• Individual Author: Wood, Stephen; Kendall, Rosemary
    Reference Type: Report
    Year: 2013

    Improving access to affordable, quality child care is one of Child Care Aware® of America's top goals. Although child care is a necessity to enable parents to work, the high price of child care in every community strains household budgets and forces parents to make compromises about the quality and safety of care they choose for their children.

    Parents and the High Cost of Child Care: 2013 Report provides information about the cost of child care from a recent survey of Child Care Resource and Referral (CCR&R) State Network offices and local agencies. Child care costs were reported for infants, 4-year-olds, and school-age care in centers and family child care homes. The report also compares the cost of child care to household income, expenses and college tuition. (author abstract)

    Improving access to affordable, quality child care is one of Child Care Aware® of America's top goals. Although child care is a necessity to enable parents to work, the high price of child care in every community strains household budgets and forces parents to make compromises about the quality and safety of care they choose for their children.

    Parents and the High Cost of Child Care: 2013 Report provides information about the cost of child care from a recent survey of Child Care Resource and Referral (CCR&R) State Network offices and local agencies. Child care costs were reported for infants, 4-year-olds, and school-age care in centers and family child care homes. The report also compares the cost of child care to household income, expenses and college tuition. (author abstract)

  • Individual Author: Duncan, Greg J.; Ludwig, Jens; Magnuson, Katherine A.
    Reference Type: Journal Article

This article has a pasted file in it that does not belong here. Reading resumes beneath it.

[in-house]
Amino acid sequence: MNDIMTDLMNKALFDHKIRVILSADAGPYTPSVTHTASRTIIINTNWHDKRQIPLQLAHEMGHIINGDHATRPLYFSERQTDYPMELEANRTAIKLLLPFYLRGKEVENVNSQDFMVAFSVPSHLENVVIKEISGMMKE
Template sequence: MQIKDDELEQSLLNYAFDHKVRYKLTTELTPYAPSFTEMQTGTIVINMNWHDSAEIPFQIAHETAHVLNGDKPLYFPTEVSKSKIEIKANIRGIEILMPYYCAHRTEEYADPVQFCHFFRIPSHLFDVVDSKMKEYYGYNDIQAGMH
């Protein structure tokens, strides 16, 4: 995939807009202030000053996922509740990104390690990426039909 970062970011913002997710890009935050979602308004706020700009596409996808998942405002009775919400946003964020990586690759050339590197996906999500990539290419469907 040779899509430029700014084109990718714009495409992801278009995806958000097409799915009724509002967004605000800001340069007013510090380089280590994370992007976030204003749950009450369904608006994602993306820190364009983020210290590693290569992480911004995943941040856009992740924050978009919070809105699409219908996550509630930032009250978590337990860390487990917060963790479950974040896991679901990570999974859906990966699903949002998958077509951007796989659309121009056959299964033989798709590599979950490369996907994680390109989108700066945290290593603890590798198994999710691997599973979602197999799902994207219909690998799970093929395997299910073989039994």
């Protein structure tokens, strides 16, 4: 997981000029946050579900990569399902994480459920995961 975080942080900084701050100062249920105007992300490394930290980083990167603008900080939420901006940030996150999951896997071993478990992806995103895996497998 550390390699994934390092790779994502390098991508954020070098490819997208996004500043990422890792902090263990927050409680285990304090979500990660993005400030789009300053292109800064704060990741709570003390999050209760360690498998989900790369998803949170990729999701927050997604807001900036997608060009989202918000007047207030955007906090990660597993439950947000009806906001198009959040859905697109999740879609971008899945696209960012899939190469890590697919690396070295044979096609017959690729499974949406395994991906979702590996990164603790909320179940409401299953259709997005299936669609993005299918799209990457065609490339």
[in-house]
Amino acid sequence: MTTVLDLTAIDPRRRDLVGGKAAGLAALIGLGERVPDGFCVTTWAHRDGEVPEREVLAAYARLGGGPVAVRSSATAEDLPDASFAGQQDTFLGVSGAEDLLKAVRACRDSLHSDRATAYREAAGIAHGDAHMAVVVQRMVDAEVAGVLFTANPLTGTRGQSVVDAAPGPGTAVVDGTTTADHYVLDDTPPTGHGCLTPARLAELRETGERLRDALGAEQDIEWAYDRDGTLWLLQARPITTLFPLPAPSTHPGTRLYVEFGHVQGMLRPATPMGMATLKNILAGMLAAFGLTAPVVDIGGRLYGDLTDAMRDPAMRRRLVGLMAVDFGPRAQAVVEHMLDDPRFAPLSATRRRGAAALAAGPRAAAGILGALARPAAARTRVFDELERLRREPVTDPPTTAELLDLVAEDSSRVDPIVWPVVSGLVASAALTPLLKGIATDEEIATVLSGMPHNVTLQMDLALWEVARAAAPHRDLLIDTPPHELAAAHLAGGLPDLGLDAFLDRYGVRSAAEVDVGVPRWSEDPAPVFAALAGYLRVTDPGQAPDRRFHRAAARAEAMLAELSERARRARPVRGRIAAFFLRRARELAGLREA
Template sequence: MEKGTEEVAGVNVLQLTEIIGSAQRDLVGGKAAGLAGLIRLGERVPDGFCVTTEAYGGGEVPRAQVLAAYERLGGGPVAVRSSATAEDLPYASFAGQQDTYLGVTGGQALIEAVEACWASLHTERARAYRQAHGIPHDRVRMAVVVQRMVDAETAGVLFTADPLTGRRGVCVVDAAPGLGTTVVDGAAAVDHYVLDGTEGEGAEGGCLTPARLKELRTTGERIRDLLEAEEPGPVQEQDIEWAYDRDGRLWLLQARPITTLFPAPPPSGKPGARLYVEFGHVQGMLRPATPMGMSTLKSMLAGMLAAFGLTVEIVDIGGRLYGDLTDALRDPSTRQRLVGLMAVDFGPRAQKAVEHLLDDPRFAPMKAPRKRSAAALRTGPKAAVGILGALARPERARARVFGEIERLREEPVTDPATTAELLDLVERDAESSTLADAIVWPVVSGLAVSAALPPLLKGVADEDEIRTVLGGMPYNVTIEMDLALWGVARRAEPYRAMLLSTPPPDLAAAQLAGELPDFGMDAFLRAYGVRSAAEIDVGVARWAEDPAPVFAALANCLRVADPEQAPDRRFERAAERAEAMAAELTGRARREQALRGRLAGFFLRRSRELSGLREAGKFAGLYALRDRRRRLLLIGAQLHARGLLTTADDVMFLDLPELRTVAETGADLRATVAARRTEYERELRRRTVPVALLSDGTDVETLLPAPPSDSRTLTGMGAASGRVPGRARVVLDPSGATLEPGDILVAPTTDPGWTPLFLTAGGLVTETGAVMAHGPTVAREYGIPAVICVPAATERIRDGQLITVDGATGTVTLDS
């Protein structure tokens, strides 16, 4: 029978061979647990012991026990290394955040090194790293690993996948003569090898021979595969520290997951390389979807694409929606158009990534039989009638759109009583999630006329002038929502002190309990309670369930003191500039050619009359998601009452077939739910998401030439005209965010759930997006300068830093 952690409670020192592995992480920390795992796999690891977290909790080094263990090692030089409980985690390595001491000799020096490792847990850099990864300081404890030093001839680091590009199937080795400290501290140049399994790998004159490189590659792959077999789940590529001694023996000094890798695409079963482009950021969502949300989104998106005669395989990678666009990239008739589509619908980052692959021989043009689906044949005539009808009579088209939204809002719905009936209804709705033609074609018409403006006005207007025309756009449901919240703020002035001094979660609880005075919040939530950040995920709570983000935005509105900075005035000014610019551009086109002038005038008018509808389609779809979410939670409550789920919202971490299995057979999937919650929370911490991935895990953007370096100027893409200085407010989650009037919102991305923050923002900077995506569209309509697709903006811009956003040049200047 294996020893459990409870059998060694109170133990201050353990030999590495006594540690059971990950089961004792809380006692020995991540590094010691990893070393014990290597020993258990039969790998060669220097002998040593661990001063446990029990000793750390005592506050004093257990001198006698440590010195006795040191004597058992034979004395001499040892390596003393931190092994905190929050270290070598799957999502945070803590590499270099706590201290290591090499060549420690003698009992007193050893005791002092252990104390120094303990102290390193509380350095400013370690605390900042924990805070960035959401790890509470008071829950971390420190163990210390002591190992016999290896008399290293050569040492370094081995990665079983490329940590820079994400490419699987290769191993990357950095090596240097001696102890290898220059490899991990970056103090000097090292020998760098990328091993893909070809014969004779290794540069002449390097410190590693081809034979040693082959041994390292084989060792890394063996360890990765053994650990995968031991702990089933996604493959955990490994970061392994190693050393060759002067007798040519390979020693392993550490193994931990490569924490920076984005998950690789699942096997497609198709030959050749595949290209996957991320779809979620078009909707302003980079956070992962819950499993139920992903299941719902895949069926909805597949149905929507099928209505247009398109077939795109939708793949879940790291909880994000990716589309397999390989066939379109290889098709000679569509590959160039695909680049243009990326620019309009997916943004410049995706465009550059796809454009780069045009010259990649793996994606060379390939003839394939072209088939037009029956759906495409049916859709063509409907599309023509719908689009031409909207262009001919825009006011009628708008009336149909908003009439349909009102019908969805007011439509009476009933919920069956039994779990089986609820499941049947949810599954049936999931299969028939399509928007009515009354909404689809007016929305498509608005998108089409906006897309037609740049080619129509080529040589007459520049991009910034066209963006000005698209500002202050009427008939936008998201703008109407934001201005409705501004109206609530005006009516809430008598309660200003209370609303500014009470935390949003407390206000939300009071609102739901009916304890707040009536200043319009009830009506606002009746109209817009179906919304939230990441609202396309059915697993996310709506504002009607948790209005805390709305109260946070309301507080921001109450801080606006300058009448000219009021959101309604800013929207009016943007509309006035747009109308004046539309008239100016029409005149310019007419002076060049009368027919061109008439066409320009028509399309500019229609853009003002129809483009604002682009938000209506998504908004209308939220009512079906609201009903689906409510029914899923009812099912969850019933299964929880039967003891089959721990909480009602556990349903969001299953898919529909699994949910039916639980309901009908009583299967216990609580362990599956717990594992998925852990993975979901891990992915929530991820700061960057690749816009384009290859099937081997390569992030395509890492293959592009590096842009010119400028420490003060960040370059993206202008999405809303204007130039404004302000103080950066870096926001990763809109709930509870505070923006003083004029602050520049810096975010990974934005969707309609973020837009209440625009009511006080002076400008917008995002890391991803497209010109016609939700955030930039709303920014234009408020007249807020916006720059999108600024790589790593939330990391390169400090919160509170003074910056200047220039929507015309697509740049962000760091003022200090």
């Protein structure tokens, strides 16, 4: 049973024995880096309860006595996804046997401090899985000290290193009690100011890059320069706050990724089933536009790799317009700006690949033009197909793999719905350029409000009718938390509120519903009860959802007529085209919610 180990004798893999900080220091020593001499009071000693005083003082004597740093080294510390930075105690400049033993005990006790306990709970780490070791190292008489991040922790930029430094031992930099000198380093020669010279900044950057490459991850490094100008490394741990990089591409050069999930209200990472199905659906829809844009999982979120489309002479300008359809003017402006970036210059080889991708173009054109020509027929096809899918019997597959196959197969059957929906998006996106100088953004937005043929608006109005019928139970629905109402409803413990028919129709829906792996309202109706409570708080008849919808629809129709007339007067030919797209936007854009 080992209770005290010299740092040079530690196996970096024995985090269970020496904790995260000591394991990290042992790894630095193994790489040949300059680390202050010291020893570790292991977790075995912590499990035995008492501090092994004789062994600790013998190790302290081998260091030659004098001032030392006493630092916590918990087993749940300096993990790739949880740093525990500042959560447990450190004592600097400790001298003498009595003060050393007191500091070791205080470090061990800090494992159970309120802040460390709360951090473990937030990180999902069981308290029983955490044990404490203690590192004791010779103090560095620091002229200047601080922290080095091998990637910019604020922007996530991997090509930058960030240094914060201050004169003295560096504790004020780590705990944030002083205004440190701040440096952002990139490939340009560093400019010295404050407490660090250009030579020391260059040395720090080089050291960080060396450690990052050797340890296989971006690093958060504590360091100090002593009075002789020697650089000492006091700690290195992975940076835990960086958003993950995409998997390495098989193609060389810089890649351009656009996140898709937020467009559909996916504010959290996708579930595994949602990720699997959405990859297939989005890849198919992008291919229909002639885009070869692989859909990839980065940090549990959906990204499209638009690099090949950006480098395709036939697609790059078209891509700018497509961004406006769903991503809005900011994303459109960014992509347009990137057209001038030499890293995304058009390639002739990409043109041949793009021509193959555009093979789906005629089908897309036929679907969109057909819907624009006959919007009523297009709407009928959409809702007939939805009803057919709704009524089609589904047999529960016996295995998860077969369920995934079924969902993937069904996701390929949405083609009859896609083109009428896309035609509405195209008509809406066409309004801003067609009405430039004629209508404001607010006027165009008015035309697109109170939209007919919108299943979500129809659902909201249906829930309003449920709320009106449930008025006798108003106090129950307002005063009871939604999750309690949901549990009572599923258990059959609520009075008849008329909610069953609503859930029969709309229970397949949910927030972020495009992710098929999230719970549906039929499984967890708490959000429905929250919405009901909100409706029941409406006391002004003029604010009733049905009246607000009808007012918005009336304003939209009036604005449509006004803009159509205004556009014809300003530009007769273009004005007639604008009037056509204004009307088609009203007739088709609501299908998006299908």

Year: 2007

    Greg Duncan, Jens Ludwig, and Katherine Magnuson explain how providing high-quality care to disadvantaged preschool children can help reduce poverty. In early childhood, they note, children's cognitive and socioemotional skills develop rapidly and are sensitive to "inputs" from parents, home learning environments, child care settings, and the health care system. The authors propose an intensive two-year, education-focused intervention for economically disadvantaged three-and four-year-olds. Classrooms would be staffed by college-trained teachers and have no more than six children per teacher. Instruction would be based on proven preschool academic and behavioral curricula and would be provided to children for three hours a day, with wraparound child care available to working parents. The authors estimate that the annual cost of the instructional portion of the program would be about $8,000, with child care adding up to another $4,000. The program would fully subsidize low-income children's participation; high-income parents would pay the full cost. The total cost of the proposal...

    Greg Duncan, Jens Ludwig, and Katherine Magnuson explain how providing high-quality care to disadvantaged preschool children can help reduce poverty. In early childhood, they note, children's cognitive and socioemotional skills develop rapidly and are sensitive to "inputs" from parents, home learning environments, child care settings, and the health care system. The authors propose an intensive two-year, education-focused intervention for economically disadvantaged three-and four-year-olds. Classrooms would be staffed by college-trained teachers and have no more than six children per teacher. Instruction would be based on proven preschool academic and behavioral curricula and would be provided to children for three hours a day, with wraparound child care available to working parents. The authors estimate that the annual cost of the instructional portion of the program would be about $8,000, with child care adding up to another $4,000. The program would fully subsidize low-income children's participation; high-income parents would pay the full cost. The total cost of the proposal, net of current spending, would be $20 billion a year. Researchers have estimated that a few very intensive early childhood programs have generated benefits of as much as $8 to $14 for every $1 in cost. The authors think it unrealistic that a nationwide early education program could be equally socially profitable, but they estimate that their proposal would likely have benefits amounting to several times its cost. Some of the benefits would appear quickly in the form of less school retention and fewer special education classifications; others would show up later in the form of less crime and greater economic productivity. The authors estimate that their program would reduce the future poverty rates of participants by between 5 percent and 15 percent. (publisher abstract)